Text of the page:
"What did the author mean when they wrote....?"
"The use of all caps on line ____ demonstrates which of the following?"
"The author's use of a simile on line ___ accomplishes which of the following?"
"The imagery in the second stanza helps the reader understand ----"
Seriously??? Standardized test questions and language arts textbooks put so many words into the mouths of authors! How do you know what the author 'intended' by their use of a simile or all caps? How do you know what the author is feeling? You DON'T! Unless the author specifies a sentiment, emotion or 'hidden' meaning then you do not know this. You cannot assert that the reader 'intended' some 'hidden meaning' without consulting the author. An individual reader may interpret a piece of writing in whatever way they see fit. Literature has the amazing ability to adapt itself to fit the reader. Different readers will gain different insights and life lessons for the same piece of literature. Their own interpretation may even change over time. That is OK! That is why literature is so wonderful. Yet, we continue to demand a so-called 'definitive' interpretation of literature from our students.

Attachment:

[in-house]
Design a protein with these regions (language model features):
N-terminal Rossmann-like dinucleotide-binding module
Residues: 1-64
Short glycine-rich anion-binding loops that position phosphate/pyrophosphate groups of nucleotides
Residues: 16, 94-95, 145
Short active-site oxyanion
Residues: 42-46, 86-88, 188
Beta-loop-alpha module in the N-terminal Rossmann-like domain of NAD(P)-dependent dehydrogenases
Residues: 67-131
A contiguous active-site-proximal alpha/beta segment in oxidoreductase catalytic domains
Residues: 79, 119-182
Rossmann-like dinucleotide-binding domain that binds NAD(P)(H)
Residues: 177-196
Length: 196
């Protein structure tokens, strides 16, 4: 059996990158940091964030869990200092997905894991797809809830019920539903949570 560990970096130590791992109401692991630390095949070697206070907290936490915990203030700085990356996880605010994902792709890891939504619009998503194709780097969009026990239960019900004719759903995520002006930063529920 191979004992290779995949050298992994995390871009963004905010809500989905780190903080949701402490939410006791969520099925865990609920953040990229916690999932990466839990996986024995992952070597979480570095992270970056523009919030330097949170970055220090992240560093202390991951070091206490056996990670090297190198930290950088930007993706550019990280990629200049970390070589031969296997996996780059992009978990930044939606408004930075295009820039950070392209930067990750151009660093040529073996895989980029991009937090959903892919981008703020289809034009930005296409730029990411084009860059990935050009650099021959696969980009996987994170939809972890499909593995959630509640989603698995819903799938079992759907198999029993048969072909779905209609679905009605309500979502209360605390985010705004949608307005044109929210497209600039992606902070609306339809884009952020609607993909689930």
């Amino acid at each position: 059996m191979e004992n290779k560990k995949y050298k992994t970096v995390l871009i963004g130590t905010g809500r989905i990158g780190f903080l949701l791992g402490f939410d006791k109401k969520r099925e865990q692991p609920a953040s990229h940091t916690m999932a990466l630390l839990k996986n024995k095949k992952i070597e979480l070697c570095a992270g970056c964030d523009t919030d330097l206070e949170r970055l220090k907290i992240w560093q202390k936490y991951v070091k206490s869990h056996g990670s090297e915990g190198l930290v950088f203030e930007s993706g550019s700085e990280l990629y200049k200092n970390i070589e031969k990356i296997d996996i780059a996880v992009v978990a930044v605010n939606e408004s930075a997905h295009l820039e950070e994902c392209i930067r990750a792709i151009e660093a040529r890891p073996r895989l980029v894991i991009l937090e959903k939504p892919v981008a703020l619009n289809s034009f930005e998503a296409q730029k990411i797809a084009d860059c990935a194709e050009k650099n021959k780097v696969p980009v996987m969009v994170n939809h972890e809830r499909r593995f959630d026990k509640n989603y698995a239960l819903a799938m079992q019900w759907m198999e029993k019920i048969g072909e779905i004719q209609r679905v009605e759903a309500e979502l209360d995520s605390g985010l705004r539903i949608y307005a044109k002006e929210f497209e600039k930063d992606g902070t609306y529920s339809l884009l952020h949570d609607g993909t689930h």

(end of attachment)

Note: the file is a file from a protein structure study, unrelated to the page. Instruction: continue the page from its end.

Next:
I've been preaching this for years. I love books and writing. However, I hated literature classes in grade school AND college because teachers always demanded one single interpretation of the text that the author, apparently, intended. Most literature classes and standardized tests use excerpts whose authors are already deceased. These authors do not have the ability to protest these misinterpretations of their texts. However, one author can. Sara Holbrook discovered that two of her poems were included on the Texas STARR assessment. Holbrook wrote an article in the Huffington Post that expresses her frustrations. Holbrook concludes her article with one final reflection:
"Any test that questions the motivations of the author without asking the author is a big baloney sandwich. Mostly test makers do this to dead people who can’t protest. But I’m not dead.
This article is a MUST read.